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Luna and Kali, the Buffalo Zoo’s two polar bear cubs, appeared to be having too much fun playing or gnawing on things to notice the throngs of people who came to watch them Monday when they went on public view together for the first time.

Luna, who was born in the zoo and has been on exhibit since March, and Kali, the cub orphaned in Alaska after his mother was killed by a hunter, frolicked in their new surroundings, which until now had been home to the zoo’s spectacled bear. Kali arrived in Buffalo almost three weeks ago.

“We drove from Rochester today just to see them,” said Jennifer Craft, who was there with her husband, David. “We heard about the bear’s journey from Alaska. I’m so happy the zoo took both of them on so they could be here together.”

“We’re here to adopt the polar bear so we are going to give the zoo some money today,” she added.

The zoo is trying to raise $4 million to build the Arctic Edge exhibit, which will include a new enclosure for polar bears. The fundraising campaign has garnered $1 million in its first three months; $3 million is needed by the end of July if the project is to remain on schedule and allow for construction to start after Labor Day.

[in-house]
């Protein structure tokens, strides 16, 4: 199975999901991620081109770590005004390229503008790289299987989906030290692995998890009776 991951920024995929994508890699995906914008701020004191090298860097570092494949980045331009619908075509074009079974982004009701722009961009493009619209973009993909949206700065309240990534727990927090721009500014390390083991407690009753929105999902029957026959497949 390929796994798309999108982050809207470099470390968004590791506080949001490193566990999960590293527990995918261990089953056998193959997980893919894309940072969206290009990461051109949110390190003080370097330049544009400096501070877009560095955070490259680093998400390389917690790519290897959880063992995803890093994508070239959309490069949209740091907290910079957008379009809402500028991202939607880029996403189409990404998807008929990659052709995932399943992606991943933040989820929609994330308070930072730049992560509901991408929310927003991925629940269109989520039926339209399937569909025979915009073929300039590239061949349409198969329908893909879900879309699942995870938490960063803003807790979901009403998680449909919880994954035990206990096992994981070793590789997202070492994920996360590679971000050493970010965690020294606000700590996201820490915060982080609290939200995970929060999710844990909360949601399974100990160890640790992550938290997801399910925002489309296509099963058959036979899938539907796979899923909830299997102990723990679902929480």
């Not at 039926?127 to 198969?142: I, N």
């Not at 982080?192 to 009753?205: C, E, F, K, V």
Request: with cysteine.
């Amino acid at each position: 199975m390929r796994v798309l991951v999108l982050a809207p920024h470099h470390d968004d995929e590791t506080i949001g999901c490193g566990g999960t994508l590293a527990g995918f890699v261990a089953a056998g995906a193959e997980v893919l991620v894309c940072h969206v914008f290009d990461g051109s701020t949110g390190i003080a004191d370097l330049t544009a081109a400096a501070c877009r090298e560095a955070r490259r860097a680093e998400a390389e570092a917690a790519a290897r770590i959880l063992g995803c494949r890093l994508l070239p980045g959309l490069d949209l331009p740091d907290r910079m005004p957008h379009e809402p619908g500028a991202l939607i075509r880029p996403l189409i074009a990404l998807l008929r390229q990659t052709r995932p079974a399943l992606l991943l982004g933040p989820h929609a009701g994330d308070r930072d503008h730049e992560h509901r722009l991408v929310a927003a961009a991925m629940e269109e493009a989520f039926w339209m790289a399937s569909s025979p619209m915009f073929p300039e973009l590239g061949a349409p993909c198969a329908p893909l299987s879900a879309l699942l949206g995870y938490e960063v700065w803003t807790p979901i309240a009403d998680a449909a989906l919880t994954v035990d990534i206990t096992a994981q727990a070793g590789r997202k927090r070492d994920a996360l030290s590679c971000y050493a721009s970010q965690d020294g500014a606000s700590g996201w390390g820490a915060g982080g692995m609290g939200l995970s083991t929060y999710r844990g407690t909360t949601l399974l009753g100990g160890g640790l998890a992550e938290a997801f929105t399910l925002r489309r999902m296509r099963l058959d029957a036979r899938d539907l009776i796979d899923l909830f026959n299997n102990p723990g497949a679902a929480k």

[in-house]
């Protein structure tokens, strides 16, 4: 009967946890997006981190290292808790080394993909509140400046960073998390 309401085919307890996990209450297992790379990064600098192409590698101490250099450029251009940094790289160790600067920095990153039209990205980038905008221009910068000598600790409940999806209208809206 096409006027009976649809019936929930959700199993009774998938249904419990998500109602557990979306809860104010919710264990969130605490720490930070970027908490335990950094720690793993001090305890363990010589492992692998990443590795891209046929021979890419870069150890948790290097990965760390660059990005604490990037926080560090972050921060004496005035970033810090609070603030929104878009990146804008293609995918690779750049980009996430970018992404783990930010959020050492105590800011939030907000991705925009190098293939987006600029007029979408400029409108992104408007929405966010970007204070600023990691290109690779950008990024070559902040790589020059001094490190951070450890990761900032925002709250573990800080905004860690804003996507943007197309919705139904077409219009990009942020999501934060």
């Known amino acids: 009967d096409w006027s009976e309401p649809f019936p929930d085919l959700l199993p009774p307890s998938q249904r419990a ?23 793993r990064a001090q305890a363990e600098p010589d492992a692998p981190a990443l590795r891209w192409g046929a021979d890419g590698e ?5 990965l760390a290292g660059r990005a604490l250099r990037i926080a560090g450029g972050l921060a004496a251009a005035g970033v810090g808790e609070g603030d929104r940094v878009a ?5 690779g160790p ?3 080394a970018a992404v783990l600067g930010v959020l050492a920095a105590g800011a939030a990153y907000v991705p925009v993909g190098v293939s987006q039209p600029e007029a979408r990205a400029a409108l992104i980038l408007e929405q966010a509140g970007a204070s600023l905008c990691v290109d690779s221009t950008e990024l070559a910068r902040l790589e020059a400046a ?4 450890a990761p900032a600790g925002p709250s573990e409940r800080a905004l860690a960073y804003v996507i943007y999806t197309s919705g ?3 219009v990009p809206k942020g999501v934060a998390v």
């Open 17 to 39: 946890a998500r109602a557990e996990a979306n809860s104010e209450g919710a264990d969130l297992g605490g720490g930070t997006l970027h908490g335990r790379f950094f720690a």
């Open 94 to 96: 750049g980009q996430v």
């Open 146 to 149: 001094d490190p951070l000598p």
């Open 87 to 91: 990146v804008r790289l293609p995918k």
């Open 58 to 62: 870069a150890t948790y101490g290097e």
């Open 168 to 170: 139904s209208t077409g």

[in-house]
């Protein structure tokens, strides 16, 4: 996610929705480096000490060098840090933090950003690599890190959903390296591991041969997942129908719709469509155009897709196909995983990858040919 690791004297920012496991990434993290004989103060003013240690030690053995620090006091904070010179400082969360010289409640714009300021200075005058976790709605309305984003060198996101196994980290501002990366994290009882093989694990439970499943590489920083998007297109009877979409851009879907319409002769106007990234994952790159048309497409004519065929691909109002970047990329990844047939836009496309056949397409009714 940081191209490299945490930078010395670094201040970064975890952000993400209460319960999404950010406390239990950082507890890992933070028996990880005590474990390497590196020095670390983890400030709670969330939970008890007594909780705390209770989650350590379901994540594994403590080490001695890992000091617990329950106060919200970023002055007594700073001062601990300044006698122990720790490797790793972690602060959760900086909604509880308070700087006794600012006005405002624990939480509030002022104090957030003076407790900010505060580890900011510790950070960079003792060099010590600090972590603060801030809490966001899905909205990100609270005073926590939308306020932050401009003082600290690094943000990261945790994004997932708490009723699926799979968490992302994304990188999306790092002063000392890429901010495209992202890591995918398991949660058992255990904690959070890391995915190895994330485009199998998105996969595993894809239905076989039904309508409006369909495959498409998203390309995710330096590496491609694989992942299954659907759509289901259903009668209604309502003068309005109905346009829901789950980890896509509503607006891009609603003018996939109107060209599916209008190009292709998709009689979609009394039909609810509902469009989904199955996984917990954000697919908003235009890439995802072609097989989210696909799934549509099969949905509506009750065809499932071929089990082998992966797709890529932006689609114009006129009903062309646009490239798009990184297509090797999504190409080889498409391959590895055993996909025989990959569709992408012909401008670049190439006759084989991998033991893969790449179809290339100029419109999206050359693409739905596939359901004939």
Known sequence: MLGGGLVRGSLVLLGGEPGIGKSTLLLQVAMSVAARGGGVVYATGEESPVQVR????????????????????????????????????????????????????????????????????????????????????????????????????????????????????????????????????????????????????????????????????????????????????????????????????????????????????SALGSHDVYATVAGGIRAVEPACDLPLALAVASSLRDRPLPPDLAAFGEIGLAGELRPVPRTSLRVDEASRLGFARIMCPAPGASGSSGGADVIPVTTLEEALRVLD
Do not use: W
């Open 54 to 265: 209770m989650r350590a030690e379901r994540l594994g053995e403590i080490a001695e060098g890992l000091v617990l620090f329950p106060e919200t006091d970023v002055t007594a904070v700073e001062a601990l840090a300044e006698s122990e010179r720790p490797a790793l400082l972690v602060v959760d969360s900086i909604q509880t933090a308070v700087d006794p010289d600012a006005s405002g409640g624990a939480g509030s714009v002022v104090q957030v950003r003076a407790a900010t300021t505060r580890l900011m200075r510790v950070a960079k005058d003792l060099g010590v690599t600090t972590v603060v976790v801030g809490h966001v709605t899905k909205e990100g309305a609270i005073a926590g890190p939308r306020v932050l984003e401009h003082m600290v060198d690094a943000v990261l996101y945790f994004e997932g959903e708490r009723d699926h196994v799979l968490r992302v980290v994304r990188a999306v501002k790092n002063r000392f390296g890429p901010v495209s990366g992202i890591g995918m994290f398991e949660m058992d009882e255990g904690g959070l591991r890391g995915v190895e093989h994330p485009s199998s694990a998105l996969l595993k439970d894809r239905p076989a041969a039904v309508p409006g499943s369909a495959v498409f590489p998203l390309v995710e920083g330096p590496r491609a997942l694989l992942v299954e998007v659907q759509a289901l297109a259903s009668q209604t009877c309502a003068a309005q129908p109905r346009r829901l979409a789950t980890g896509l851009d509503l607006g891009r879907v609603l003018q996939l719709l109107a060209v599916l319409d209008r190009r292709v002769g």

Joshua Norman, who was there with his wife, Cass, and 19-month-old daughter, Miah, was enthralled by the bears.

“It’s amazing just to see such natural animals in captivity. They’re just so beautiful, just their youth and playful nature. Just amazing,” Norman said.

The crowd that formed early on was big enough that the zoo used stanchions to form a viewing line. Park volunteers occasionally asked the polar bear-gazers to speed up a little so more people could view them. The bears will continue to be on display from 11:30 a.m. to 2 p.m. daily.

The transition for both bears has been a fairly easy one, said Donna Fernandes, the zoo president.

“Kali was really not exposed to other animals until he came here, so he was much more nervous to be introduced to her than she was to him. She was very excited to meet him from the first time she saw him. But now they seem to be fine, and he’s quite comfortable with her,” Fernandes said.

“They’re together, then they’re apart. Luna’s a little more comfortable on exhibit just because she’s spent more time doing so.”

Kali, who is about a month younger than Luna, has caught up to her in weight, with both tipping the scales at more than 90 pounds. Male polar bears grow to be larger than females, Fernandes said. Their fur color sets them apart, with Luna’s appearing pure white and Kali’s having an off-white color.

email: msommer@buffnews.com